Brownfields Tax Credit

The credit commonly known as “The Brownfields Credit” was enacted in 1998. Eligible non-profit organizations and taxpayers are allowed a credit against their Massachusetts personal income tax or corporate excise liability for incurring eligible costs to remove oil or hazardous materials on property the taxpayer owns or leases for business purposes and which is located within an economically distressed area. See G.L. c. 62, § 6(j) and G.L. c. 63, § 38Q. The credit is generally either 25% or 50% of the costs incurred for an environmental response action that results in either a permanent solution or remedy operation status in compliance with the rules set forth under Massachusetts Department of Environmental Protection regulations and G.L. c. 21E. Non-profit organizations and taxpayers who have applied for the credit and received a proposed denial may seek review of the proposed denial by the Office of Appeals. For more information, please see Administrative Procedure 636: Appeal Process for Denial or Partial Denial of Applications for Massachusetts Brownfields Tax Credit.

Life Sciences

On June 16, 2008, the Commonwealth adopted “An Act Providing for the Investment in and Expansion of the Life Sciences Industry in the Commonwealth.” St. 2008, c.130. The Act established the Life Sciences Investment Program as well as the Life Sciences Tax Incentive Program. Technical Information Release 08-23: Life Sciences Tax Incentive Program under St. 2008, c. 130 summarizes the tax incentives available to certified life sciences companies through the Life Sciences Tax Incentive Program, which is administered by the Massachusetts Life Sciences Center.

Manufacturing Classification

A taxpayer that has received a proposed denial of its manufacturing classification application may request a hearing with the Office of Appeals. The request must be made within thirty (30) days of the date set forth in the notice of intent to deny the manufacturing classification application. A hearing on the proposed denial generally will follow the same procedures for the scheduling, conduct, and disposition of other conferences and hearings held at the Office of Appeals. If warranted, however, a site inspection may be conducted in lieu of, or in conjunction with, a hearing. See . The request for a hearing with the Office of Appeals on a proposed denial of a manufacturing classification application does not extend the time limit for filing an appeal with the Appellate Tax Board, as set out in G.L. c. 58, § 2.

Relief from Joint Tax Liability

In some instances, a taxpayer who filed a joint return with his/her spouse may be eligible for relief from the joint liability. This is commonly called “innocent spouse” relief. Relief can be granted where a taxpayer and a spouse file a joint income tax return reporting a substantial understatement of tax attributable to grossly erroneous items of one spouse if (1) the spouse requesting relief establishes that he or she did not know, and had no reason to know, that there was such a substantial understatement; and (2) taking into account all facts and circumstances of a case, it would be inequitable to hold the applicant liable for the deficiency. To be considered substantial, the understated tax, excluding any interest and penalties, must exceed $200 where due to an item or items omitted from gross income; or exceed $500 where due to a claim or claims of deduction, exemption, credit, or basis in an amount for which there is no basis in fact or law. Whether it is inequitable to hold a person liable for a tax deficiency will be determined by all the facts and circumstances of a case. Although no single factor is controlling, consideration will be given to whether the applicant significantly benefited from the substantial understatement of tax. See 830 CMR 62C.84.1.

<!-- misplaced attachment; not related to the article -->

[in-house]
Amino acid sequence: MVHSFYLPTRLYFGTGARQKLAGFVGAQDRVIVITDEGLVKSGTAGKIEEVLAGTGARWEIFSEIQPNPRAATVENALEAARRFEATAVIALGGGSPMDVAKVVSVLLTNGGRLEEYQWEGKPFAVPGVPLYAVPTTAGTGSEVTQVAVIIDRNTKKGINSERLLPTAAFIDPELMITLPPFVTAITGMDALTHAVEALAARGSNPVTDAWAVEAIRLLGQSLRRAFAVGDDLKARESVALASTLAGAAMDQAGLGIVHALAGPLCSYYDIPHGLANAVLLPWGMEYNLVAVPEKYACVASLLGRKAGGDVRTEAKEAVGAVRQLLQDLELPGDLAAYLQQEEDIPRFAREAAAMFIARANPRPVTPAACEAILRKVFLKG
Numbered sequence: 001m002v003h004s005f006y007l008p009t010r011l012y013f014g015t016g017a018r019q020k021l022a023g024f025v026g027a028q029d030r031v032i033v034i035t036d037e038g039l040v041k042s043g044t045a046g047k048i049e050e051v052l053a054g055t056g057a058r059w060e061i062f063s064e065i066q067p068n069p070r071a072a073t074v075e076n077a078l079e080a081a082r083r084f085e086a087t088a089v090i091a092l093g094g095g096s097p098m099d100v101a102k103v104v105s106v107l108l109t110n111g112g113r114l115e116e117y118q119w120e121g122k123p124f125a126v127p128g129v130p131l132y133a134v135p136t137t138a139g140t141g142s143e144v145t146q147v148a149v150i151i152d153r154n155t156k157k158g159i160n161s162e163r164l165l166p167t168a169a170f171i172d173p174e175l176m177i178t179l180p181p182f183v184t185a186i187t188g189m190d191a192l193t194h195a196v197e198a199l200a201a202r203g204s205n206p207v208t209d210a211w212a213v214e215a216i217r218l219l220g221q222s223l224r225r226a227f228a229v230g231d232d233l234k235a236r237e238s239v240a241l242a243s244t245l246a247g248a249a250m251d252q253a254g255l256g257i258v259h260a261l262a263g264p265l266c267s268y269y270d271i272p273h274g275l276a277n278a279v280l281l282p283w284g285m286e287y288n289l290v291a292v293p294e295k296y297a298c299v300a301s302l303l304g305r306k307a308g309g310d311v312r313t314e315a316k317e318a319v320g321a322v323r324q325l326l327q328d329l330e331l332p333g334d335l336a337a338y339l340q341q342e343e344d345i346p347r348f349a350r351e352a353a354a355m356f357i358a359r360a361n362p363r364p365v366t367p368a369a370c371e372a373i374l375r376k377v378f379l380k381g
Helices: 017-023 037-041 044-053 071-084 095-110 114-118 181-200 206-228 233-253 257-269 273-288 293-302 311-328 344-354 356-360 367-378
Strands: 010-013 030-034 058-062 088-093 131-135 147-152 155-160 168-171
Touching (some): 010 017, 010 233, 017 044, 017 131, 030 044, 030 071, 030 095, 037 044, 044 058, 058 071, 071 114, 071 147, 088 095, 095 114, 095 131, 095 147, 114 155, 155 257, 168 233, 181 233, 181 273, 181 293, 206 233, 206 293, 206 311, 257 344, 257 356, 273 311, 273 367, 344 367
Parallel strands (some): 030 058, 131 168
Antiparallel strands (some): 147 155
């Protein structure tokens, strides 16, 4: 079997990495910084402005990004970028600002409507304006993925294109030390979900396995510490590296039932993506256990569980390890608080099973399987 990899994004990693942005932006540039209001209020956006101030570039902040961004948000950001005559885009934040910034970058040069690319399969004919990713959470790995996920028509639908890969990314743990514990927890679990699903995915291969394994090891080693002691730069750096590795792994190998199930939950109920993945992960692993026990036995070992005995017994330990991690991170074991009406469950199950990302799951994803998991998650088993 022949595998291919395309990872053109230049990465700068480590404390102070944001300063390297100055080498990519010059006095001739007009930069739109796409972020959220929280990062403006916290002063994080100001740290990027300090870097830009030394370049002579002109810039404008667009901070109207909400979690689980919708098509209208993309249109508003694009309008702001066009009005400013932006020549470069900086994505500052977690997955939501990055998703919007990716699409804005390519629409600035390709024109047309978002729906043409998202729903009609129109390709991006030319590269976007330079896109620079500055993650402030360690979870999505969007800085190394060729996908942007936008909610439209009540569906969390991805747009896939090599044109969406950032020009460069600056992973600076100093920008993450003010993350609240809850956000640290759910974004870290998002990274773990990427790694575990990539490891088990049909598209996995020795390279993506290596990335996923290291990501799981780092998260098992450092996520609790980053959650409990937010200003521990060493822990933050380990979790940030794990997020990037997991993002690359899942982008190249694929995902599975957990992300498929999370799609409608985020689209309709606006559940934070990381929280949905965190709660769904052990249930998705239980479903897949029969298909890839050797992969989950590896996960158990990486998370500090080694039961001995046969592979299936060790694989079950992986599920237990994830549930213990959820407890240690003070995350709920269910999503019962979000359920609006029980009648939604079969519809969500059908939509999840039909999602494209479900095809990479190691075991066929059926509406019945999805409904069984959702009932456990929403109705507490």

Responsible Person

In a corporation, partnership, or limited liability company, the person who has or had a duty to pay over taxes on behalf of the corporation or partnership may be deemed a “Responsible Person.” According to 830 CMR 62C.31A.1, the duty to pay over taxes is an obligation to remit taxes that arises from a person's position, function, or responsibility undertaken on behalf of a corporation, partnership or limited liability company. Such obligation need not be a legally enforceable agreement between the corporation, partnership or limited liability company and the person. If a corporation or a partnership fails to pay any required tax, the person deemed the Responsible Person shall be personally and individually liable for the amount of the required tax.

If the person proposed to be deemed responsible disagrees with the proposal, the person may confer with the Commissioner of Revenue within thirty (30) days after the date of the issuance of the notification of the proposed determination. The proposed Responsible Person may also request referral to the Office of Appeals. The Chief of the Collections Bureau or other authorized Department of Revenue personnel specified in the notification of proposed determination of personal liability and the Director of the Office of Appeals, as a matter of joint discretion, may agree to refer the conduct of the conference to the Office of Appeals but such requests will generally only be granted if they present novel issues of law or fact. Unless the proposed Responsible Person is notified of a referral to the Office of Appeals, the conference will be held in the Collections Bureau or other bureau specified in the notification of proposed determination of personal liability. Once deemed a Responsible Person and assessed, if the Responsible Person disagrees with and wishes to contest the finding, he or she must file an Application for Abatement/Amended Return together with substantiating documentation. Time limits apply.